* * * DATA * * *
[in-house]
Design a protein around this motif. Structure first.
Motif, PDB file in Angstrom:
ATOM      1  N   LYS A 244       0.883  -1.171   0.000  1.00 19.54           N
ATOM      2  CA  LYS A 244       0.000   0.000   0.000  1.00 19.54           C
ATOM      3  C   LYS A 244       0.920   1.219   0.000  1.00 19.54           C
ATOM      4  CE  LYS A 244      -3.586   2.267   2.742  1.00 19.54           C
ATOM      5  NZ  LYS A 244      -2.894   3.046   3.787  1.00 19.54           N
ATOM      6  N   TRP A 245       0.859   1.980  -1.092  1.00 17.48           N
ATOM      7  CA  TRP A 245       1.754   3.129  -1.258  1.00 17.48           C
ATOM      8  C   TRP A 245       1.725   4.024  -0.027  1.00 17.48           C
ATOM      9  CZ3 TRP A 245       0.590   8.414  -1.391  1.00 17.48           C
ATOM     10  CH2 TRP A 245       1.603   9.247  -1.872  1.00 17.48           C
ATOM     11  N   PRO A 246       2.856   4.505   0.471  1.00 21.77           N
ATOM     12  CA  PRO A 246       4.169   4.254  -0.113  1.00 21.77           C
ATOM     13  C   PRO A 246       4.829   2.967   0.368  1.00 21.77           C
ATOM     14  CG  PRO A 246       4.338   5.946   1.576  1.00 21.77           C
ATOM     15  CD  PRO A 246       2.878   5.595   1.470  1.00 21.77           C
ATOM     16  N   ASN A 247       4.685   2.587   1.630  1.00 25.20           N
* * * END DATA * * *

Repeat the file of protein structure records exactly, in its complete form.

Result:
[in-house]
Design a protein around this motif. Structure first.
Motif, PDB file in Angstrom:
ATOM      1  N   LYS A 244       0.883  -1.171   0.000  1.00 19.54           N
ATOM      2  CA  LYS A 244       0.000   0.000   0.000  1.00 19.54           C
ATOM      3  C   LYS A 244       0.920   1.219   0.000  1.00 19.54           C
ATOM      4  CE  LYS A 244      -3.586   2.267   2.742  1.00 19.54           C
ATOM      5  NZ  LYS A 244      -2.894   3.046   3.787  1.00 19.54           N
ATOM      6  N   TRP A 245       0.859   1.980  -1.092  1.00 17.48           N
ATOM      7  CA  TRP A 245       1.754   3.129  -1.258  1.00 17.48           C
ATOM      8  C   TRP A 245       1.725   4.024  -0.027  1.00 17.48           C
ATOM      9  CZ3 TRP A 245       0.590   8.414  -1.391  1.00 17.48           C
ATOM     10  CH2 TRP A 245       1.603   9.247  -1.872  1.00 17.48           C
ATOM     11  N   PRO A 246       2.856   4.505   0.471  1.00 21.77           N
ATOM     12  CA  PRO A 246       4.169   4.254  -0.113  1.00 21.77           C
ATOM     13  C   PRO A 246       4.829   2.967   0.368  1.00 21.77           C
ATOM     14  CG  PRO A 246       4.338   5.946   1.576  1.00 21.77           C
ATOM     15  CD  PRO A 246       2.878   5.595   1.470  1.00 21.77           C
ATOM     16  N   ASN A 247       4.685   2.587   1.630  1.00 25.20           N